Law enforcement in Oklahoma investigating a separate case stumbled onto a key piece of evidence in the 1993 slaying of a store owner in San Carlos. NBC Bay Area’s Investigative Unit has learned they found the private journal containing a written confession by the alleged killer.
“This was a cold case for nearly three decades,” San Mateo County Sheriff Carlos Belanos said in announcing last week the arrest of Rayna Hoffman-Ramos, 61, in the slaying of Shu Ming Tang, who was gunned down during an attempted robbery of Devonshire Little Store on April 26, 1993. “Justice for Mr. Tang’s family is at hand.”
The family had been waiting 29 years for a break in the case. Back in 2018, the long cold case – which had been featured on “America’s Most Wanted’’ – was reopened, but investigators made little headway over nearly three decades.
Recently, Oklahoma law enforcement, probing an unrelated case in their state, knocked on Hoffman-Ramos’s door in Dewey, a rural town an hour north of Tulsa. According to her booking paperwork, Hoffman-Ramos was living at the time in a home off US Highway 75.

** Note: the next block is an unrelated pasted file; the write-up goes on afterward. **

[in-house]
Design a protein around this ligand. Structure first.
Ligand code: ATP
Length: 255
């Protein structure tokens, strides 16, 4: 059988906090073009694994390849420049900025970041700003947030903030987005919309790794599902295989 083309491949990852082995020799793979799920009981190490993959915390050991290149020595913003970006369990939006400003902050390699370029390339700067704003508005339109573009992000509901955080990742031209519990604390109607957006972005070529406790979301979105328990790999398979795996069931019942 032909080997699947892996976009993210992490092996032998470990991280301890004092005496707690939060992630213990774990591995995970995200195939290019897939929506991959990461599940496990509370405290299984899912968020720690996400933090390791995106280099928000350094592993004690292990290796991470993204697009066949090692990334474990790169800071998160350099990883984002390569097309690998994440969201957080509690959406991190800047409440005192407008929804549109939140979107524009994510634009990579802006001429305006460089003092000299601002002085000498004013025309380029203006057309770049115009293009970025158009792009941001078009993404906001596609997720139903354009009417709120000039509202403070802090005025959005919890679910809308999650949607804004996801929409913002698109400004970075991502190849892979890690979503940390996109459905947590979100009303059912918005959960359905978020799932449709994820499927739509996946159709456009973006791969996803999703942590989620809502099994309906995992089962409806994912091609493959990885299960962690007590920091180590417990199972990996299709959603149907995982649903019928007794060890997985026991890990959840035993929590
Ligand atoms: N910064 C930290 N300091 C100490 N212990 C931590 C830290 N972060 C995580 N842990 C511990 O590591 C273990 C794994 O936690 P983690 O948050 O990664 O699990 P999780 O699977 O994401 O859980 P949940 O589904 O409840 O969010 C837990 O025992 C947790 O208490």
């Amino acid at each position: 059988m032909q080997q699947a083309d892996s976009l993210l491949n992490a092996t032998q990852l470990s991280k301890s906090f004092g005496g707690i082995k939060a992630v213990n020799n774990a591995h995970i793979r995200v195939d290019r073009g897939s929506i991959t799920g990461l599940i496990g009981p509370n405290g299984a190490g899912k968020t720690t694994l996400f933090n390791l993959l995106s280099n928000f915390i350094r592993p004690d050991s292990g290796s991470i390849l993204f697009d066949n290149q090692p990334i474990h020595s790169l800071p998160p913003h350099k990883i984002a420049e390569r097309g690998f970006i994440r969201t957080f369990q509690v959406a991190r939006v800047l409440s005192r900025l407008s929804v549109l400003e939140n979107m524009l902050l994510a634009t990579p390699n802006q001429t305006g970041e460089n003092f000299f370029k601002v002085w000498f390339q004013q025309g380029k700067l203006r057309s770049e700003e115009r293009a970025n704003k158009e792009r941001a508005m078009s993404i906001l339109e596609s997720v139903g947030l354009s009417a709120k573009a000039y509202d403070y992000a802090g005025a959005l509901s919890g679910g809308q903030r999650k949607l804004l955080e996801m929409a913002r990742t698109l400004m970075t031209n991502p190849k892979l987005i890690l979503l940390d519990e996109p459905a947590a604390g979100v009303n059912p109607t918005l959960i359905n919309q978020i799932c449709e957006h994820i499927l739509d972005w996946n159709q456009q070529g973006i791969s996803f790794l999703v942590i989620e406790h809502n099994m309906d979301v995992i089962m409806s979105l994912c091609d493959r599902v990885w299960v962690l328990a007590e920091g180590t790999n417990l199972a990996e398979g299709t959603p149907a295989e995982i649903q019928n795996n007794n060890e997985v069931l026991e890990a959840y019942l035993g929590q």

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Sources with knowledge of the investigation said that during a subsequent search of her residence, authorities found a personal journal with an entry under the heading “Things I Regret.” On the list of regrets was the slaying of a Korean man the author detailed, which took place at a store robbery in San Carlos in 1993.
While Tang was Taiwanese, not Korean, the journal entry matched details investigators had of the case. Investigators said a woman was seen fleeing the scene. They also confirmed Hoffman-Ramos was living in a home in nearby San Mateo at the time.
At the time she was arrested in Dewey, Oklahoma, on March 16, authorities in California searched a residence in Sacramento. Records show that Hoffman-Ramos had been arrested repeatedly in that area for drug related and other nonviolent offenses years after the San Carlos slaying. Authorities say they recovered unspecified new evidence in the recent searches.
Hoffman-Ramos remains in custody in Washington County jail in Oklahoma, but has waived a hearing on extradition and is expected to be brought to California, where authorities say she will face murder charges based largely on the content of her private journal musings about regrets.
San Mateo County sheriff’s officials on Tuesday declined to comment on the details surrounding the case, citing the ongoing nature of the investigation.